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Publication numberUS1260664 A
Publication typeGrant
Publication dateMar 26, 1918
Filing dateDec 26, 1916
Priority dateDec 26, 1916
Publication numberUS 1260664 A, US 1260664A, US-A-1260664, US1260664 A, US1260664A
InventorsWilliam F Gregory
Original AssigneeWilliam F Gregory
Export CitationBiBTeX, EndNote, RefMan
External Links: USPTO, USPTO Assignment, Espacenet
Toy power-machine.
US 1260664 A
Abstract  available in
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Claims  available in
Description  (OCR text may contain errors)




1,260,664. I Patented Mar. 26, 1918.


Specification of Letterslatent.

Patented rial. ac, rare.

Application filed December 26, 1916. Serial No. 188,902.

To all whom it may concern:

Be it known that 1, WILLIAM F. GREGORY,

a citizen of the United States, residing at Sausalito, in the county of Marin, State of California, have invented a new and useful Toy Power-Machine, of which the following is a specification in such full and clear terms as will enable those skilled in the art to construct and use the same.

This invention relates to a toy power machine illustrating well known laws of mechanics in transmission, such as a rotary wheel, a screw conveyer, belt or chain drive, gear drive, etc. Its usefulness as an instructive device to children is one of the objects of this invention, and the construction of same may be of stamped material, the conveyer of twisted tin, and made in small sizes, and placed .on the market at a reasonable price.

Further objects of this invention will appear as the description proceeds.

With these objects in view, the invention comprises various features of construction, as hereinafter set forth in 'the following specification, which consist of the drawings, description and claim, in which the same numeral 'is applied to the same portion throughout, however am aware that there may be many modifications thereof.

Figure 1 is a side elevation of complete machine taken on a line slightly beyond standards.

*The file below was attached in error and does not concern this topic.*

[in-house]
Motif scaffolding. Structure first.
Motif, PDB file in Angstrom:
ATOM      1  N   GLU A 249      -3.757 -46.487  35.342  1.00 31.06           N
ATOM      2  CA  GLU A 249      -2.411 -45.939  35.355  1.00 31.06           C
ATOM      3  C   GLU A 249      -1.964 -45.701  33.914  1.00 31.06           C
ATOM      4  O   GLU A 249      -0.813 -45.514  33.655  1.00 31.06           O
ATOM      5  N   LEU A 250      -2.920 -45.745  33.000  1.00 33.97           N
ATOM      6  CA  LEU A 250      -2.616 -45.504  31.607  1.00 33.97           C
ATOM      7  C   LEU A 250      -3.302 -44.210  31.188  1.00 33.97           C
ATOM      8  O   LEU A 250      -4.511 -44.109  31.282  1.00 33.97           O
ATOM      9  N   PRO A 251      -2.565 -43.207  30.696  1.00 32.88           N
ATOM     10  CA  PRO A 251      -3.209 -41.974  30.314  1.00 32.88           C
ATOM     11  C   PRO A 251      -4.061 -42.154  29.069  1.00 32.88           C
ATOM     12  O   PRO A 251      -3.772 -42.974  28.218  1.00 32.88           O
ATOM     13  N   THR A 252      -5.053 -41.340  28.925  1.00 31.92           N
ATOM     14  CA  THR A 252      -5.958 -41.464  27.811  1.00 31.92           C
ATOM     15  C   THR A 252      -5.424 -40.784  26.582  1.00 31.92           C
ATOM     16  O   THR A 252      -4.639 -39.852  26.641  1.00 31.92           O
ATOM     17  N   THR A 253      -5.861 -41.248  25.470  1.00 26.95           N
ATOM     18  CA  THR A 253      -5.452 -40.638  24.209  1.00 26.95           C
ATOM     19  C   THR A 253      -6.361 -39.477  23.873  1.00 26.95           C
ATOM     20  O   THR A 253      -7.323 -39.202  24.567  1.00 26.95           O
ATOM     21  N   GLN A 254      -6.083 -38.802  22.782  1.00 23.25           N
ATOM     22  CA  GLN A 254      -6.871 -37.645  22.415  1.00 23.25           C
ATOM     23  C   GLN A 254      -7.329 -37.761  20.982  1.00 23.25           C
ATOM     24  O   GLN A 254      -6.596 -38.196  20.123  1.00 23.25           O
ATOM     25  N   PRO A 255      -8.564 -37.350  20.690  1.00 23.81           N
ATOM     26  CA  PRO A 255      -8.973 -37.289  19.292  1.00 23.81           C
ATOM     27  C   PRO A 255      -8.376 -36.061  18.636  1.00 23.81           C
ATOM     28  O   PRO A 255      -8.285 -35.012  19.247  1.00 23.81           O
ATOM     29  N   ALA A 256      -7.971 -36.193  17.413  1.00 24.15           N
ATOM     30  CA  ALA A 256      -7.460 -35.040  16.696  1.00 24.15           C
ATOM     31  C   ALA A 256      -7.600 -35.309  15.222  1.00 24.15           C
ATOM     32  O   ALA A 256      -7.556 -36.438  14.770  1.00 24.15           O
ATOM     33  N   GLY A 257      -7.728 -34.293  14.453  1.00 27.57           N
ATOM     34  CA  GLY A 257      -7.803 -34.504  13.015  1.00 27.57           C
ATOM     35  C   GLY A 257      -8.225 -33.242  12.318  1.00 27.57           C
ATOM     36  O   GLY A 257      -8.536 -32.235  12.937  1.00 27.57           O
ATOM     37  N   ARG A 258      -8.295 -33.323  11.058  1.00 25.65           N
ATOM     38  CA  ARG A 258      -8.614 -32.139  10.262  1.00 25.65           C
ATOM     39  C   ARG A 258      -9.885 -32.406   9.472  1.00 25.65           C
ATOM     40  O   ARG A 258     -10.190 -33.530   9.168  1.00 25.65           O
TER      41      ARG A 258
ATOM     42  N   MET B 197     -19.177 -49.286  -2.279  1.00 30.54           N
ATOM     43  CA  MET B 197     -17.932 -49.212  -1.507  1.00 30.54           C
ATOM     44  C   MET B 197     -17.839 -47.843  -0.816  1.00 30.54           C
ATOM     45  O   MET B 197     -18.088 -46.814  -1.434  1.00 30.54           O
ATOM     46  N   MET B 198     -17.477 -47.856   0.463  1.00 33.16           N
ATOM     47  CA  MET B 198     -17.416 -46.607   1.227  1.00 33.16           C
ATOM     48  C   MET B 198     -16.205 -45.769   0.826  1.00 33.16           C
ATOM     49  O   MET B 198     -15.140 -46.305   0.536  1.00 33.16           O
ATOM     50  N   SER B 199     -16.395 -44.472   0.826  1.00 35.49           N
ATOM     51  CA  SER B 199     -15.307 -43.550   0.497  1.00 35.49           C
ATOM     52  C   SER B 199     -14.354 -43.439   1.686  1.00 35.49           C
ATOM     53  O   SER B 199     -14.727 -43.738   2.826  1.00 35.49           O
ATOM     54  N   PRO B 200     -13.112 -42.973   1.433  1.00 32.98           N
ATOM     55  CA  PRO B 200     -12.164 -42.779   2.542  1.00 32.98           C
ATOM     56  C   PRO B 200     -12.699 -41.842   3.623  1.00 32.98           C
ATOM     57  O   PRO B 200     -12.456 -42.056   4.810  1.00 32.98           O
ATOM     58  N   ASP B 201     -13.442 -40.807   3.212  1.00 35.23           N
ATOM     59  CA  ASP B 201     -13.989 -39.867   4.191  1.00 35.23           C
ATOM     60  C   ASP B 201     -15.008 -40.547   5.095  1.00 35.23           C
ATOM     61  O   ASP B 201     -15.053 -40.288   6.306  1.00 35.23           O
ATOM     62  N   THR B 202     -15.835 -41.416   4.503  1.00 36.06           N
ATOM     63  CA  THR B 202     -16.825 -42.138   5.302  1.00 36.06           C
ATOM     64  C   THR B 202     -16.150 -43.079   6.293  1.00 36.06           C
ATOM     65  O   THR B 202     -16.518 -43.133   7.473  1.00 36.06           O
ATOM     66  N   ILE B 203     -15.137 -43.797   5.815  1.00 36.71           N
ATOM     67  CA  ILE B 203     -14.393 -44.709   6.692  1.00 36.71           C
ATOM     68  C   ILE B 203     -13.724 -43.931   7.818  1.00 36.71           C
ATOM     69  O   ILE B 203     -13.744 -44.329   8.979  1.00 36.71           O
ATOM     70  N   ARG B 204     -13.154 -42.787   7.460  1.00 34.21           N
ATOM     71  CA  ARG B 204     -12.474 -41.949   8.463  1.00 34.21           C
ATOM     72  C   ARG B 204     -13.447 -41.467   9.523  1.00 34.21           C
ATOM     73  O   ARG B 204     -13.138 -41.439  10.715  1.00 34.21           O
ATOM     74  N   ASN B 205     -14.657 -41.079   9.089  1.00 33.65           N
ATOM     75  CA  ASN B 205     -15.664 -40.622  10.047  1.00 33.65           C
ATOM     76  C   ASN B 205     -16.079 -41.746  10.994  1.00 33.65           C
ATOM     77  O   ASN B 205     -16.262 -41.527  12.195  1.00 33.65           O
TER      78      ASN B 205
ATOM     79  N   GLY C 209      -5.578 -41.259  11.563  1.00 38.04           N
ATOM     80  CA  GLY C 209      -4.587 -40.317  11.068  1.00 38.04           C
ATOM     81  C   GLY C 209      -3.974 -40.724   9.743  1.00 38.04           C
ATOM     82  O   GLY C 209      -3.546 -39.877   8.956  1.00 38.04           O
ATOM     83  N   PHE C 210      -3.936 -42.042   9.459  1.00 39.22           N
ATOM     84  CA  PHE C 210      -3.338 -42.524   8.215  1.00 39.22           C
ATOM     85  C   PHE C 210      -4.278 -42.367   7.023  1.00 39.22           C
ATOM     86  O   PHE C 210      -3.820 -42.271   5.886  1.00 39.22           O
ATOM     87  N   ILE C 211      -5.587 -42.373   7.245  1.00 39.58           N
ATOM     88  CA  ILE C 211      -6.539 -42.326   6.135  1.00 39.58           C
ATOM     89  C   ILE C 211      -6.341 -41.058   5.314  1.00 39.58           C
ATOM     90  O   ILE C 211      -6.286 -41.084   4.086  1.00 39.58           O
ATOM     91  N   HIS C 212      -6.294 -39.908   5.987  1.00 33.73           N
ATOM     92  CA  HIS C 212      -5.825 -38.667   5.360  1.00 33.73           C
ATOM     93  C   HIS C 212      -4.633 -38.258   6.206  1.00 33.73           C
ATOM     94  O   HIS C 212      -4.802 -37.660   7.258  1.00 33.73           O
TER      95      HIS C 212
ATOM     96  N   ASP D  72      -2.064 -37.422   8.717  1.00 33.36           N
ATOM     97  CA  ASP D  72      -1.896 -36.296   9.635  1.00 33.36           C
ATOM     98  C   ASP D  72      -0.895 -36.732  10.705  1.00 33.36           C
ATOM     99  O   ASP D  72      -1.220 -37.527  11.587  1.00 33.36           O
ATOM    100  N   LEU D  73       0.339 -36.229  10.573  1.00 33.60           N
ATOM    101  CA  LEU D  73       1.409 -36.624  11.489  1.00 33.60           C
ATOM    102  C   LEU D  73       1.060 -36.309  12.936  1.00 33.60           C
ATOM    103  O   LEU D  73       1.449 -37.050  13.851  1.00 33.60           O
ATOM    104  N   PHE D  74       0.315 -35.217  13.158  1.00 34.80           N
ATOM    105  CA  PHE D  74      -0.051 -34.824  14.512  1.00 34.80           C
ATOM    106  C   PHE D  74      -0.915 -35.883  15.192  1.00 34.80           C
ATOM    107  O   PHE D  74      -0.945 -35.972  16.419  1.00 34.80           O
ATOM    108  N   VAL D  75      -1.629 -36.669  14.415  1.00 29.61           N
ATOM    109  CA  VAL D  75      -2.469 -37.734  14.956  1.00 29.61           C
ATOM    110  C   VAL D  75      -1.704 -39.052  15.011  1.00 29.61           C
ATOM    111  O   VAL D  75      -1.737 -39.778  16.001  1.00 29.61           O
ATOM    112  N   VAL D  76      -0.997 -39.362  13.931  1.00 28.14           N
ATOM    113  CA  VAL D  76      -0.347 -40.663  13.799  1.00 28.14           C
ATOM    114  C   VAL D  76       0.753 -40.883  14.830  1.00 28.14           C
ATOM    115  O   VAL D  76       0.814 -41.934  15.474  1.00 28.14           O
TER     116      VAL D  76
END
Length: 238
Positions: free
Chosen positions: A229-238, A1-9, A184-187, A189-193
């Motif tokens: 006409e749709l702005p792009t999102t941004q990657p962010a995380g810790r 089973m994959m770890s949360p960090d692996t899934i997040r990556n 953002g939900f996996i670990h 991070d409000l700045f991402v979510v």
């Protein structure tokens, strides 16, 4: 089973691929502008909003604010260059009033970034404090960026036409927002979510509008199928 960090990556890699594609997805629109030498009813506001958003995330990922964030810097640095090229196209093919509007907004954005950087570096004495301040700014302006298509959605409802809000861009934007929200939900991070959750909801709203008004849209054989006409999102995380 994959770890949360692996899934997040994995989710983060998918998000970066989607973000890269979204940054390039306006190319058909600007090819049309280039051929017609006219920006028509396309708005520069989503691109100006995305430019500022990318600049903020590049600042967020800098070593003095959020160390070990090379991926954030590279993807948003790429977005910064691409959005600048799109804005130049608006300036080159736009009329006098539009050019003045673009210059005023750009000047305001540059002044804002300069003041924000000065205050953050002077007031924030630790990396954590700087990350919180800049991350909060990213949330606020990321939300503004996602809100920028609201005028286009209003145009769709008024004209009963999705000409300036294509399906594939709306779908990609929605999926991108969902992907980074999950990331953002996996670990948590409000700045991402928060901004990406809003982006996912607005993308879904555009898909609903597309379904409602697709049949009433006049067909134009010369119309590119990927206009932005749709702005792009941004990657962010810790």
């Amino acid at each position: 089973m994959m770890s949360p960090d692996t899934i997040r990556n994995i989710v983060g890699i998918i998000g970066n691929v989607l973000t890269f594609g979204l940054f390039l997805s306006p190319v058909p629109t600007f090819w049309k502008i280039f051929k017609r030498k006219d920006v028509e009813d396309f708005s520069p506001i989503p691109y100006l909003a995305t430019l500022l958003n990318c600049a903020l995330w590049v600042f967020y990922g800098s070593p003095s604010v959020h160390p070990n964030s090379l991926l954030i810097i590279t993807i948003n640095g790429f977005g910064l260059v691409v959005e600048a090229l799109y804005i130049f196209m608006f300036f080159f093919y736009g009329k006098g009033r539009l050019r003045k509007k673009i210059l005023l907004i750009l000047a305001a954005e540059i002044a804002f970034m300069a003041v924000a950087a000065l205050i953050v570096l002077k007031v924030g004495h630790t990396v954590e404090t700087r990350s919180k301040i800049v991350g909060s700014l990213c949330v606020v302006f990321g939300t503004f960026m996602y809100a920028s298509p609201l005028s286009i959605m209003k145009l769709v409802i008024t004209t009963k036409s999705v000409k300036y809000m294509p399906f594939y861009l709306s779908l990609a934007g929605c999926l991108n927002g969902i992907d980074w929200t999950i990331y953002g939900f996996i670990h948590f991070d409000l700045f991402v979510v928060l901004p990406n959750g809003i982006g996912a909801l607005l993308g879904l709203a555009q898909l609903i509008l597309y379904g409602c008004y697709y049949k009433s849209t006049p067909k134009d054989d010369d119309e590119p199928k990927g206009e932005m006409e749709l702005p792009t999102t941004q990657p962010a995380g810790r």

Fig. 2 is a plan view.

Fig. 3 is a plan view of that portion of lower end of conveyerbelow line 3--3 Fig. 1.

Numeral 1 indicates a base board, 2 and 3 standards, which are bolted to base board, and have an upper boss portion to receive radial and thrust bearings 4 and 5, these hearings fitting ends of shaft 6. Upon shaft 6 is mounted a flange sleeve 7 integral with shaft, and has bolted to it a circular disk 8, said disk having ten hand shaped pockets 9 equally spaced. 10 indicates a sheave pulley connected by a belt 11 to sheave pulley 12 on shaft 13 supported on ball bearings in standards 14 and 15. A gear 16 meshes with smaller gear 17 on conveyer shaft 18, said conveyer shaft being set into a bracket 19, which has a ball bearing 20. Conveyer 21 has its upper shaft portion 22" set into another ball bearing 23, said bearing being placed in a plate 24, which is bolted to an angle bar 25, this bar being fastened to an upright support 26.. Two guide bars 27 and 28 parallel conveyer from base board 1 to angle bar 25. A chute 29 holding balls 29' 1s fastened to another upright su port 30 by a corner bracket 31 having a ho t 32 and wing nut 33, for adjusting chute to a suitable pitch to feed balls into hand pockets on wheel. A slot 34 is provided in the upright support for lowering and raising chute to a given height. At end of chute is a tripping device 35, which'is pivoted to bracket 36 on chute, this tripping armhas an upwardly projecting stub end 37 and below pivot point weights 37 for bringing arm back in original position to keep balls from moving ahead. A box containing .a spring and gear reduction for the slow speed of mechanism of the machine is indicated at 40 and furnishes power to keep in motion for sometime the operation ofthe machine. Pulley 41 from power box 40, connects with belt 42 to pulley 43. A square stud shaft end is ex tended on side for the purpose of cranking or winding up of spring by the ordinary crank handle. It is to be understood that a small toy electric motor with dry batteries may be within box 40 in place of a heavy clock spring, and with proper gear reduction may operate the machine at a suitable speed.